“Our goal is to uplift and empower them,” he added.
Ganesh’s invention has won him several awards, including the 2016 Laureate Here for Good Award with a cash prize of US$10,000 (RM42,000) which he reinvested in the business he founded.
Besides getting funding and support from the private sector, Ganesh also attended several bootcamps and entrepreneurship programmes to enhance his business skills.
He participated in an incubation programme that was organised by the Malaysian Global Innovation & Creativity Centre (MaGIC) which has enabled entrepreneurs like him to break into the market.
“MaGIC provides a crucial platform for local startups and entrepreneurs to increase visibility and connect with key industry players,” he said.
To realise his innovation beyond conventional boundaries, Ganesh said that Saora Industries has worked with multiple partners from corporations and foundations to non-governmental organisations (NGOs).
“We started as an NGO too but now we are looking at how to be sustainable through commercial and humanitarian projects.”
According to Ganesh, a great team, coupled with strong ties with industry champions, drives the agenda.
In his recent collaboration with a member of the Perak royal family, Raja Nor Azwina Raja Jaafar, he revealed that they are looking at how rural communities in Perak can benefit from such a system.
Raja Nor Azwina is the director of Corak Zaman, a private sector partner of the Perak State government to coordinate conservation, management and development of water, land and related resources across the entire Perak River Basin.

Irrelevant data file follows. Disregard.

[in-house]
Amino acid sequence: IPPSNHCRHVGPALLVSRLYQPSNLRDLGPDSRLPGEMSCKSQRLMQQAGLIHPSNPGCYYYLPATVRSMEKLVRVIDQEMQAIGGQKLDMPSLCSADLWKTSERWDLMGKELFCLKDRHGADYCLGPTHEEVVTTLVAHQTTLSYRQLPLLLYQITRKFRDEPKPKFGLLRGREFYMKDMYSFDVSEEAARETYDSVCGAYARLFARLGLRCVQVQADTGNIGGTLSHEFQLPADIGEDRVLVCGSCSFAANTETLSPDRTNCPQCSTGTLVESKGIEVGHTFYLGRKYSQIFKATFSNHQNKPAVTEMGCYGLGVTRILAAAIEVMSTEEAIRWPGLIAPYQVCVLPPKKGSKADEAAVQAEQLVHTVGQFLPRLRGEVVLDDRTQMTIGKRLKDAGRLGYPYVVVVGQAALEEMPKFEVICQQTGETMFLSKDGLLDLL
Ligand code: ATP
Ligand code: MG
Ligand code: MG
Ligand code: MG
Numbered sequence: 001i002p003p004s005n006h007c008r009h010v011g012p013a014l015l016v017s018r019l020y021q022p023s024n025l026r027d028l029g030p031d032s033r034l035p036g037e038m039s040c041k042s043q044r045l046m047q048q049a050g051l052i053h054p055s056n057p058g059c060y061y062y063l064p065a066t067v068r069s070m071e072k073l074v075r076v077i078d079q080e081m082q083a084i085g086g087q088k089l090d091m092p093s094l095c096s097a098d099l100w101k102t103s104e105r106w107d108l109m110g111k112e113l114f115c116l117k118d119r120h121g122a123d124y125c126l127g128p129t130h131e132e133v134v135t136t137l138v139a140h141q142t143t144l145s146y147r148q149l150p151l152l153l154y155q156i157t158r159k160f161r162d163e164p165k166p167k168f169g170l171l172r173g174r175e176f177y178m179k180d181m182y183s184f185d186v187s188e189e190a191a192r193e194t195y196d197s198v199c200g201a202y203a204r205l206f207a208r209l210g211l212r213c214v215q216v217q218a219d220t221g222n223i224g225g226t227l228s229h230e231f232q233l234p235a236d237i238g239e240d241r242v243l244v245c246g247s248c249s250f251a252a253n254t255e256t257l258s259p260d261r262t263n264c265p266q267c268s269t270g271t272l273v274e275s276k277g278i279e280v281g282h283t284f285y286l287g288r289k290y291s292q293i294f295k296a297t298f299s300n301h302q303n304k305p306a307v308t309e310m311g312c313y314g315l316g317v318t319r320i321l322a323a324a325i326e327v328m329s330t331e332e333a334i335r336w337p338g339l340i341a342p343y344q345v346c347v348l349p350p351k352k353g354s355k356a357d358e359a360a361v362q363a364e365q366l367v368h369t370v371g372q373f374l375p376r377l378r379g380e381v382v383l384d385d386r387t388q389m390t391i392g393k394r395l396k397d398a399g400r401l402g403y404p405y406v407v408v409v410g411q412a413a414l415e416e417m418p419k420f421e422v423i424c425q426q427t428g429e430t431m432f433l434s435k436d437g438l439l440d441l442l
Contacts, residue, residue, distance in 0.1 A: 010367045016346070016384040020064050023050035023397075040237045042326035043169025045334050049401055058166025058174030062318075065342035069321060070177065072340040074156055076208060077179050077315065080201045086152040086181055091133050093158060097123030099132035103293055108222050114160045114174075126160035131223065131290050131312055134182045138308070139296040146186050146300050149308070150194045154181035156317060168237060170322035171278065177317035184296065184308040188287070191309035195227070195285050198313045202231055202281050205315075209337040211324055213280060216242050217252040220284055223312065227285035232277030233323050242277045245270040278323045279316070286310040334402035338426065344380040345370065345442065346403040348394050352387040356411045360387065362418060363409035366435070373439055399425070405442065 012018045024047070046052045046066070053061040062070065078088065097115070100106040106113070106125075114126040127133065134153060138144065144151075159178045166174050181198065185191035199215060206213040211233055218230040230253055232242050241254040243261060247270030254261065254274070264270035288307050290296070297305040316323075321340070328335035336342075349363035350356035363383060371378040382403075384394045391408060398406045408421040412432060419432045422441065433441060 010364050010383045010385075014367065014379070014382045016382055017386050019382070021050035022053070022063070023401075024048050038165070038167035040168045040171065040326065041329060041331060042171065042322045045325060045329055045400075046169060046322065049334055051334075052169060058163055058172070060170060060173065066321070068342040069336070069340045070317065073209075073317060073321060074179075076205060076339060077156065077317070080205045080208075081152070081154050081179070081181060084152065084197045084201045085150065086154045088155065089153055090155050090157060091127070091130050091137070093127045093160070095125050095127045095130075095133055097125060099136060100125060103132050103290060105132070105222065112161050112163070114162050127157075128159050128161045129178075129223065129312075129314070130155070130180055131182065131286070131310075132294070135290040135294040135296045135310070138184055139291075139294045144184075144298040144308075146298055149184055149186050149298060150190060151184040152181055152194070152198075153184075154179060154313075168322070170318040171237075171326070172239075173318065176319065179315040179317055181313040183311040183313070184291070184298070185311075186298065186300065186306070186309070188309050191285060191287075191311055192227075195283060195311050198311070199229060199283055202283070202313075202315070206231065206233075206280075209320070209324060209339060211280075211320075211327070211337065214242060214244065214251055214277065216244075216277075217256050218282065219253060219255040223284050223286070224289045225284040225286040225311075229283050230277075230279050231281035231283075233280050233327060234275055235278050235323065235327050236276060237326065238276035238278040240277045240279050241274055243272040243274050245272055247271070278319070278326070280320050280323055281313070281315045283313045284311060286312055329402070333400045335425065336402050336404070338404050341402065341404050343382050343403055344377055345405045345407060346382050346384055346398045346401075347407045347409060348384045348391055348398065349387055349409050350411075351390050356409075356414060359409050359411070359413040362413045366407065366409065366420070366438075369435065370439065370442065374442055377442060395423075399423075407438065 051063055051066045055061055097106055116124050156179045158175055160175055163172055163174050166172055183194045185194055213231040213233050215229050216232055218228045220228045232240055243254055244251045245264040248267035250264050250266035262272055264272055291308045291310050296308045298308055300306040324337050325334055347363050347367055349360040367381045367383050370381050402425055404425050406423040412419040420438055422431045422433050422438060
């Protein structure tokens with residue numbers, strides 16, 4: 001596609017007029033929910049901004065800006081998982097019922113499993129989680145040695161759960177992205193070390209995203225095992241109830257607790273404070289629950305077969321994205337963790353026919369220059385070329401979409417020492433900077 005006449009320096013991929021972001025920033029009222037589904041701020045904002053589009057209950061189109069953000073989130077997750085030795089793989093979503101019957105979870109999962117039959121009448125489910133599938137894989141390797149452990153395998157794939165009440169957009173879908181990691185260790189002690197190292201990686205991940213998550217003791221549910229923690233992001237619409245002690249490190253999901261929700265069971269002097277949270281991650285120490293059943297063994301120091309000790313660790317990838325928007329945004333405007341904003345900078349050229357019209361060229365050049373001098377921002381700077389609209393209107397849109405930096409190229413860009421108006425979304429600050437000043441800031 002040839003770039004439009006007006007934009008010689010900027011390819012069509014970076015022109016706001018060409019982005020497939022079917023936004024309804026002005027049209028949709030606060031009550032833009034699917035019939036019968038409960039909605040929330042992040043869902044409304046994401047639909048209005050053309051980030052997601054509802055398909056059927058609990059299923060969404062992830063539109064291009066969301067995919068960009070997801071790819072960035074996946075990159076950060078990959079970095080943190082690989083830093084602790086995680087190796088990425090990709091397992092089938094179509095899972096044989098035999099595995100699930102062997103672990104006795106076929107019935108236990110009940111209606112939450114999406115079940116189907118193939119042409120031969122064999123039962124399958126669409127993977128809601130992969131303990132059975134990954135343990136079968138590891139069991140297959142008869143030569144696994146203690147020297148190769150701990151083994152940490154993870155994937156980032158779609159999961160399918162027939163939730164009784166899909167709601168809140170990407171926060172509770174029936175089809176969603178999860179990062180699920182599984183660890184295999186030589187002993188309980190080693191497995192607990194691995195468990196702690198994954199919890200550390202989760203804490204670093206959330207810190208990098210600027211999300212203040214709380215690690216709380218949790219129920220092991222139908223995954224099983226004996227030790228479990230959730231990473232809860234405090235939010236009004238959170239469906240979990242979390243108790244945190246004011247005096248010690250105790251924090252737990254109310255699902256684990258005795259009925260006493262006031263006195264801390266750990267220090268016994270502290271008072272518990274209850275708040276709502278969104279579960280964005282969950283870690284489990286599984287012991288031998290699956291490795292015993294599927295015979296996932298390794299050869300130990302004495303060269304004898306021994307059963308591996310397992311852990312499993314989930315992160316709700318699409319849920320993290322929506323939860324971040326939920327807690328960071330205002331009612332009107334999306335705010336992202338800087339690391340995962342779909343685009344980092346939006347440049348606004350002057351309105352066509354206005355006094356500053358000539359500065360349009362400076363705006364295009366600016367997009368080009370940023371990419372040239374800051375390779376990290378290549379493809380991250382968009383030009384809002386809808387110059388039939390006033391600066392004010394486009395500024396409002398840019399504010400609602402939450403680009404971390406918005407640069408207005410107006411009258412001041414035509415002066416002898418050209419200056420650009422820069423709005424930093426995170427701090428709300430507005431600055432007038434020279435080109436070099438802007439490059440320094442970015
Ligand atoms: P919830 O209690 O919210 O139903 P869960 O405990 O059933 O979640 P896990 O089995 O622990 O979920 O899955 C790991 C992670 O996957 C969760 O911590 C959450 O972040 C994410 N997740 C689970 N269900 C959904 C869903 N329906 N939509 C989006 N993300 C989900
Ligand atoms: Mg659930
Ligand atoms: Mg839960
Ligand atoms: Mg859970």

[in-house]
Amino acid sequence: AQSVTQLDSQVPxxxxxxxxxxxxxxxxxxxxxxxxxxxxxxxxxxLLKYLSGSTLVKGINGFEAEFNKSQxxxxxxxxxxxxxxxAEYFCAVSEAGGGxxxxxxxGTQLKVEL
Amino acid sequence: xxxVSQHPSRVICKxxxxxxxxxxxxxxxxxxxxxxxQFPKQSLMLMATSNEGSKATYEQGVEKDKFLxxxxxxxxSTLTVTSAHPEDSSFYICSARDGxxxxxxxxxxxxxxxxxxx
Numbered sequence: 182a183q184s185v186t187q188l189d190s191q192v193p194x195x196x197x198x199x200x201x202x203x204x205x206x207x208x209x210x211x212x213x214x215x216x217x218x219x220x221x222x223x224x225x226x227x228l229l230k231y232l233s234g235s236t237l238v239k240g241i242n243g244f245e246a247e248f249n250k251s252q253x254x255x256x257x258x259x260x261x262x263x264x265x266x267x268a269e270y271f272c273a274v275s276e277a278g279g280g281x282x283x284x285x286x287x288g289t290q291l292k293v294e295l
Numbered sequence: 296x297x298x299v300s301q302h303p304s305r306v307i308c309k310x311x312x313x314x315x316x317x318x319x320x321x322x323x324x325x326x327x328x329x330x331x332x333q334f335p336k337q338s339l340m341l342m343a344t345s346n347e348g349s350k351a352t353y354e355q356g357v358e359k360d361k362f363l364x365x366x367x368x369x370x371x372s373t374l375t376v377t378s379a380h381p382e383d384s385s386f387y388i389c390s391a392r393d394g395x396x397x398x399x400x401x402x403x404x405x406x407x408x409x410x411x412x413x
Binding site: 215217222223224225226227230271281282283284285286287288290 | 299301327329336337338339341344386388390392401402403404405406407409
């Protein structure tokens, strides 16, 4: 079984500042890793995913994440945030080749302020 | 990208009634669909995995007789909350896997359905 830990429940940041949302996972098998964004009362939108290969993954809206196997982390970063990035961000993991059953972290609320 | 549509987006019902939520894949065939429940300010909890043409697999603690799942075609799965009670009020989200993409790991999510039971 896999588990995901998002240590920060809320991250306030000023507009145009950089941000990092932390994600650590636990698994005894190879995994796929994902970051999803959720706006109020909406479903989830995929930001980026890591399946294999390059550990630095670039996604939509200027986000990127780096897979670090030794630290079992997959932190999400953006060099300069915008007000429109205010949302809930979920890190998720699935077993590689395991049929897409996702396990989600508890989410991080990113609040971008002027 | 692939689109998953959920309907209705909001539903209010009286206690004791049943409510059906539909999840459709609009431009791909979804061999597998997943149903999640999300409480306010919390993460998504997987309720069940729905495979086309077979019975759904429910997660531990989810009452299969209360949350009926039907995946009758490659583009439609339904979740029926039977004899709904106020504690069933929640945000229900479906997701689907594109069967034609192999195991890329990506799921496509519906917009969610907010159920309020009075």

Ganesh explained that they both share a similar passion about water, as Raja Nor Azwina also travels a lot.
“I remember going to the village I went to back in 2004. The river was clean then but now the water has become dirty and unhygienic,” said Raja Nor Azwina.
“As someone who is very passionate about conservation, we’re always against big businesses that harm the environment.”
In December last year, Ganesh was appointed by Education Minister Dr Maszlee Malik to be part of the National Higher Education Entrepreneurship Council (MKPTN) to coordinate and regulate entrepreneurship development and education for institutions of higher learning.
He is the youngest among the 15 members of the council which include CIMB Group Chief Executive Tengku Datuk Seri Zafrul Aziz, AirAsia Group Bhd Chairman Datuk Kamarudin Meranun, and Nelson’s Franchise Managing Director, Datuk Seri Nelson Kwok.
In terms of innovation, Ganesh shared that the company is working on a new technology with different partners from Singapore, with their research and development team working concurrently in India.
“We are planning to integrate smart technology into our water system that will be introduced soon. The system will be smart enough to prompt us of any possible faults that need to be addressed before they actually happen.
For Ganesh, his enterpreneurial journey has been a rewarding one for he has improved livelihoods and touched many communities, especially the underprivileged and remote settlements.
“If before I wanted to make a billion dollars, today I want to save a billion lives,” he says.